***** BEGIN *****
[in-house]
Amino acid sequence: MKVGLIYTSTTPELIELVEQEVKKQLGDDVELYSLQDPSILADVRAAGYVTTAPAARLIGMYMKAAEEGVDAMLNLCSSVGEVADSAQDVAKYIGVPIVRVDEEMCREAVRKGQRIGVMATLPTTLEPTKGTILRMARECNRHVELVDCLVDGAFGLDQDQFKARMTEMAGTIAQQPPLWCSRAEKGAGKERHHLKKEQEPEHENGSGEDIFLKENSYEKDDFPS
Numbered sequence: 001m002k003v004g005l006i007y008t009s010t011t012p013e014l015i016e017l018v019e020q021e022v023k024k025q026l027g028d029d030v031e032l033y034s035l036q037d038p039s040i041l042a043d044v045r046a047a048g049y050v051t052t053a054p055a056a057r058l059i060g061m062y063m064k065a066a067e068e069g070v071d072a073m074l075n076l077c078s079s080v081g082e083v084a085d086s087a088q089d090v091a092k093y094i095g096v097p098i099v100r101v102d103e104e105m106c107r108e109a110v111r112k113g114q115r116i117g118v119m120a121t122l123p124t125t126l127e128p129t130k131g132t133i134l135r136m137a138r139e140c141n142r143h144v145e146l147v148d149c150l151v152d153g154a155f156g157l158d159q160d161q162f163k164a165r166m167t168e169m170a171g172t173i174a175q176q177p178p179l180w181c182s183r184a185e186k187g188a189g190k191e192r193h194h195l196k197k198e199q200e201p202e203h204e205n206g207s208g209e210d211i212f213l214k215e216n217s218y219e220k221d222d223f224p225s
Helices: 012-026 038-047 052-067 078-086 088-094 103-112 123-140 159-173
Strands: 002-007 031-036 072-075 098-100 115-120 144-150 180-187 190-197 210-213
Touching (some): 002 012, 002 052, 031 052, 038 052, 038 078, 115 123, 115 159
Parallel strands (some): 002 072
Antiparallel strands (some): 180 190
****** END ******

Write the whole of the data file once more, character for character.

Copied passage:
[in-house]
Amino acid sequence: MKVGLIYTSTTPELIELVEQEVKKQLGDDVELYSLQDPSILADVRAAGYVTTAPAARLIGMYMKAAEEGVDAMLNLCSSVGEVADSAQDVAKYIGVPIVRVDEEMCREAVRKGQRIGVMATLPTTLEPTKGTILRMARECNRHVELVDCLVDGAFGLDQDQFKARMTEMAGTIAQQPPLWCSRAEKGAGKERHHLKKEQEPEHENGSGEDIFLKENSYEKDDFPS
Numbered sequence: 001m002k003v004g005l006i007y008t009s010t011t012p013e014l015i016e017l018v019e020q021e022v023k024k025q026l027g028d029d030v031e032l033y034s035l036q037d038p039s040i041l042a043d044v045r046a047a048g049y050v051t052t053a054p055a056a057r058l059i060g061m062y063m064k065a066a067e068e069g070v071d072a073m074l075n076l077c078s079s080v081g082e083v084a085d086s087a088q089d090v091a092k093y094i095g096v097p098i099v100r101v102d103e104e105m106c107r108e109a110v111r112k113g114q115r116i117g118v119m120a121t122l123p124t125t126l127e128p129t130k131g132t133i134l135r136m137a138r139e140c141n142r143h144v145e146l147v148d149c150l151v152d153g154a155f156g157l158d159q160d161q162f163k164a165r166m167t168e169m170a171g172t173i174a175q176q177p178p179l180w181c182s183r184a185e186k187g188a189g190k191e192r193h194h195l196k197k198e199q200e201p202e203h204e205n206g207s208g209e210d211i212f213l214k215e216n217s218y219e220k221d222d223f224p225s
Helices: 012-026 038-047 052-067 078-086 088-094 103-112 123-140 159-173
Strands: 002-007 031-036 072-075 098-100 115-120 144-150 180-187 190-197 210-213
Touching (some): 002 012, 002 052, 031 052, 038 052, 038 078, 115 123, 115 159
Parallel strands (some): 002 072
Antiparallel strands (some): 180 190